As we can see in Figure 4, the root cell should be a blast cell so that the entry for blast is very high in . The constant emission matrix is again based on discussions with an expert and is a consistent extension of (10). The five additional cell types should not be too difficult to differentiate from the cell types of the first dataset because they are part of different development lines. Only the blasts have some similarities to the promyelocytes, which are descendants of the blasts. The end stages segmented neutrophil, basophil, and eosinophil should be easy for experts to classify.

Pseudotime inference

We apply the algorithm STREAM for inferring a reasonable tree for the dataset. Two of the three branching points in Figure 6(c) match the branching points from the cell lineage tree in Figure 4. However, the last one where the eosinophils branch off from the metamyelocytes is different. Generally, the eosinophils are far away from the other cell types in the feature space after dimensionality reduction. The connection point to the remaining tree might not be so accurate. Another reason could be that the precursor cells of segmented neutrophils and eosinophils look alike. Eosinophils have the same progenitor stages as the neutrophils that are only stained in a different color. The algorithm might identify the metamyelocyte also as a previous development stage of the eosinophil. The range of the pseudotimes are still plausible for all cell types.

Inconsistent labels

The percentage of consistent labels according to the HMT is , which means that there are images with potentially wrong labels. The blasts and promyelocytes seem to be mixed up often, while basophils and eosinophils have high agreement between hidden labels and expert labels, probably because of their distinct staining colors. The agreement for lymphocytes is also very high since cells from different development lines are usually easier to differentiate.

The inconsistent images were given to a domain expert for reclassification. The expert confirmed for images their previous labels so that up to of the inconsistent images might have wrong labels. Most reclassifications affect promyelocytes, myelocytes, and metamyelocytes, the first three cell types in the granulopoiesis line. The cells are mostly reclassified as the progenitor of the cell type that the experts have determined. Figure 9 shows five example images that the expert has reclassified with the proposed labels from the HMT.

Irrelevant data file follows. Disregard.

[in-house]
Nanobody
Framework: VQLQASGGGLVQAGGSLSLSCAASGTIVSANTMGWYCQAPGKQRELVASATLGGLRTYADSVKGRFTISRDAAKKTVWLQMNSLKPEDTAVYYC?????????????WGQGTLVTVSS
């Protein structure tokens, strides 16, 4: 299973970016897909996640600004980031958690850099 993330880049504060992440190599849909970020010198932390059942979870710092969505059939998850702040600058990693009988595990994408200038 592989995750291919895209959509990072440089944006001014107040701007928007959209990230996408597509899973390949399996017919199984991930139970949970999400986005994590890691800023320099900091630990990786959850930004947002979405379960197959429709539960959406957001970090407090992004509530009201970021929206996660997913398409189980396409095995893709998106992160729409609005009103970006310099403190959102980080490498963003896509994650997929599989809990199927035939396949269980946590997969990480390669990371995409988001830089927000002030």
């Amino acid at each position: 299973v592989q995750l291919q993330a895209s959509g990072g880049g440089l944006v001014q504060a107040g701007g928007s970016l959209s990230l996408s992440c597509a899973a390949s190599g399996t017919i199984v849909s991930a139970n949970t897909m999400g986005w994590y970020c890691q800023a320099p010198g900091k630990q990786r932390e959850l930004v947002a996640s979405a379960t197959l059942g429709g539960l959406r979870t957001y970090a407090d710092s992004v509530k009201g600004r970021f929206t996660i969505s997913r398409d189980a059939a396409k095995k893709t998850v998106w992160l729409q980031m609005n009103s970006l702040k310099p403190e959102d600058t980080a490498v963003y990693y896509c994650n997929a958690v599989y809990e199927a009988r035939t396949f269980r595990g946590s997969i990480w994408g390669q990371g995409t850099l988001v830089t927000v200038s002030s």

Figure 9: Examples of reclassifications. (a) BA LY. (b) PC  LY. (c) PC BL. (d) PMY BL. (e) MMY  BNE.

5 Discussion

We have introduced TIMELY, a human-centred approach for increasing labeling consistency in medical imaging for cell type classification. TIMELY takes as input cell microscopy images along with noisy expert labels, identifies inconsistent labels and suggests alternative, consistent labels based on a two-step procedure. In the first step, TIMELY establishes an intrinsic order between cells using a pseudotime inference algorithm. In the second step, TIMELY builds a Markov model upon the ordered cells and their noisy labels. Depending on the complexity of the dataset’s topology, an HMM or an HMT is used.

We combine pseudotime estimations with interpretable HMTs to establish a system that assists the annotating hematologist to generate more consistent cell classifications. By sorting the cells according to the pseudotime, we enable the hematologist to consider each cell in a neighborhood of cells that have a similar morphology, thereby assisting him in making consistent decisions (Figure 7). In addition, we transparently and explicitly encode domain knowledge in form of differentiation hierarchies (Figure 4), start probabilities (9), and an expert-driven emission matrix (10), reflecting prior experience on the likelihood of labeling errors. Taken together, this allows the hematologist to develop an intuitive understanding on why specific cells are suggested as being inconsistently labeled and helps a more readily adoption in practice.

Manually labeling cells is also a time-consuming process, and our method can be applied to reduce the time experts spend on this task. Thus, once parameters of an HMT are optimized, new images from the same developmental tree can be mapped onto the already calculated tree, and consistent labels can be read off the tree directly by making use of the already computed transition borders.

Some modern digital microscopes have a functionality that automatically suggests labels for cell images. An additional use case of TIMELY is the application to such automatically generated labels since they are often noisy, and in addition, the classification algorithm does not include all possible cell types. These labels would then serve as the observed information of the HMT, and only the inconsistent labels will be given to the expert for reclassification. Such a system would be a further step towards an automated machine learning method that supports humans in a meaningful way.

6 Conclusion

TIMELY is a probabilistic approach for improving the cell labelings of experts that combines pseudotime inference algorithms and hidden Markov trees. Using pseudotime for ordering cells intrinsically leads to labels that are consistent with the morphology of the cells. We incorporate necessary background information about the data into an inhomogeneous hidden Markov tree, which makes use of the pseudotemporal ordering. Our model does not only find noisy labels like other filtering methods, but it also suggests alternative, consistent labels. It is able to identify and correct noisy labels with higher accuracy and precision than state-of-the-art methods for identifying noisy labels. Application on two real-world datasets and the subsequent reclassification by an expert demonstrate that the labelings have indeed been improved by our algorithm.